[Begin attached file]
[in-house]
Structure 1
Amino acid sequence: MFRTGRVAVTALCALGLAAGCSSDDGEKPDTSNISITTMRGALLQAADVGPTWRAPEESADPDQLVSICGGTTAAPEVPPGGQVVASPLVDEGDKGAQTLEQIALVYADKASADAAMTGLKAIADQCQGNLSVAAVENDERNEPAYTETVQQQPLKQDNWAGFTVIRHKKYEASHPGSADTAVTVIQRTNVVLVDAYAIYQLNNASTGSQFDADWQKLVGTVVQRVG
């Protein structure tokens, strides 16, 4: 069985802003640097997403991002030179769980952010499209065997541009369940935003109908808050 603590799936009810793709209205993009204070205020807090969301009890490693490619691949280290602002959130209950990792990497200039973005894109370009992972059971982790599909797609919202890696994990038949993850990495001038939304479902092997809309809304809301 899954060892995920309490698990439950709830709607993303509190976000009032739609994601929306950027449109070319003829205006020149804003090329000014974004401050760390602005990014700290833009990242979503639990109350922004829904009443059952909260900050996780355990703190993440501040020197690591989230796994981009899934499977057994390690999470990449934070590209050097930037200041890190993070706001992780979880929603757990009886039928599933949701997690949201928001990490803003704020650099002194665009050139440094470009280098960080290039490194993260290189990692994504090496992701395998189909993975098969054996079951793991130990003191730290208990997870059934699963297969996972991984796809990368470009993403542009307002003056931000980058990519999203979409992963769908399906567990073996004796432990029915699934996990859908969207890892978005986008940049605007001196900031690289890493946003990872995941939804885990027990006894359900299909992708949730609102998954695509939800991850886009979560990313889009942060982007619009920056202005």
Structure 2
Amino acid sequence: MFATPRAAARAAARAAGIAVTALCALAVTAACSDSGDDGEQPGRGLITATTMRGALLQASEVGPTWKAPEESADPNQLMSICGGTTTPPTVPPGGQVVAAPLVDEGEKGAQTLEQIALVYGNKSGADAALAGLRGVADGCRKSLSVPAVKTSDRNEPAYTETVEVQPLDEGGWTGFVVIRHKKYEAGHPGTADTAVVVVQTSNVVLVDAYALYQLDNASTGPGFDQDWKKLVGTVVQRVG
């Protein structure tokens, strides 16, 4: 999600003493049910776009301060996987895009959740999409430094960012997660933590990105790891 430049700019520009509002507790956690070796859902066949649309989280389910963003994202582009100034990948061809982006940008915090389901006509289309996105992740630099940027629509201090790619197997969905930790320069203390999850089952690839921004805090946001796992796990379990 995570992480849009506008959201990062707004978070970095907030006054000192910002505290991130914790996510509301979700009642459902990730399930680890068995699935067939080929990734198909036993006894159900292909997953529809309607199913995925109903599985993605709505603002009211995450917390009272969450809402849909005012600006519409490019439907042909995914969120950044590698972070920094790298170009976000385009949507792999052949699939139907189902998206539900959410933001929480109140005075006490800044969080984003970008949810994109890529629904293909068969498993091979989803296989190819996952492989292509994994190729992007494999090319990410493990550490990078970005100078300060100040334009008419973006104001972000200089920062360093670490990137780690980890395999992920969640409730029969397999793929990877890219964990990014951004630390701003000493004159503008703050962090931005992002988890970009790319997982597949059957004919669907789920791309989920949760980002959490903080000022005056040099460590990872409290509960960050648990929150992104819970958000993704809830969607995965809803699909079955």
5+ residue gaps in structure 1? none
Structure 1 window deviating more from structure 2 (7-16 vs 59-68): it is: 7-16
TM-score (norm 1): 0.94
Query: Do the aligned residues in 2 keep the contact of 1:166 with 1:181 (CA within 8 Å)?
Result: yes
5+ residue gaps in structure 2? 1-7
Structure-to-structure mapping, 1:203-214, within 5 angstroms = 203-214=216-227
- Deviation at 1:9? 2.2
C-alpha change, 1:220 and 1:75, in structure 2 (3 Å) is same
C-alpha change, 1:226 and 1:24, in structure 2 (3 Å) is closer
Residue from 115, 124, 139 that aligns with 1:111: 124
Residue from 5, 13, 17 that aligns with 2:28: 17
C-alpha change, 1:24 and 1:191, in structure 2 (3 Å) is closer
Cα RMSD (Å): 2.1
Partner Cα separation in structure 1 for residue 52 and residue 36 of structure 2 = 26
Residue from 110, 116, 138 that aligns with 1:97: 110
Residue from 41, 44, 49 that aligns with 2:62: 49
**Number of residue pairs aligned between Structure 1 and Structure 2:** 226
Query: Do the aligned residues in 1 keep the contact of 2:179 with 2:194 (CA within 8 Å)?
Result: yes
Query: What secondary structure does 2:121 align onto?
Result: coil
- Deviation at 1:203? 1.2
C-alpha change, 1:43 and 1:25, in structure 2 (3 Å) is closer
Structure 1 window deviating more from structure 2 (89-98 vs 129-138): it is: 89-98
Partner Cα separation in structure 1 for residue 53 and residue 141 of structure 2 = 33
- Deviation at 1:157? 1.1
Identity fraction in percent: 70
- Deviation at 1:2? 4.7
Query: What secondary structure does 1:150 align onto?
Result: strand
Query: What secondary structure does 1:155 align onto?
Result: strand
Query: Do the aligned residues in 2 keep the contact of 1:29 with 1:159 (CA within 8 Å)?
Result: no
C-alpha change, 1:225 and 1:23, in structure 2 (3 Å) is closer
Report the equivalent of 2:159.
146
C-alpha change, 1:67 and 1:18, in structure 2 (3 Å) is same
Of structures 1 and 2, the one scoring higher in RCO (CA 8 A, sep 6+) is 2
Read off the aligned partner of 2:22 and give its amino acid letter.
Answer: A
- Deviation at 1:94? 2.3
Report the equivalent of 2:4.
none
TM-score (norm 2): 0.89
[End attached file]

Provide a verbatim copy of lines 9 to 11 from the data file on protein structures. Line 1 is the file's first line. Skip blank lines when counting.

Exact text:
Structure 1 window deviating more from structure 2 (7-16 vs 59-68): it is: 7-16
TM-score (norm 1): 0.94
Query: Do the aligned residues in 2 keep the contact of 1:166 with 1:181 (CA within 8 Å)?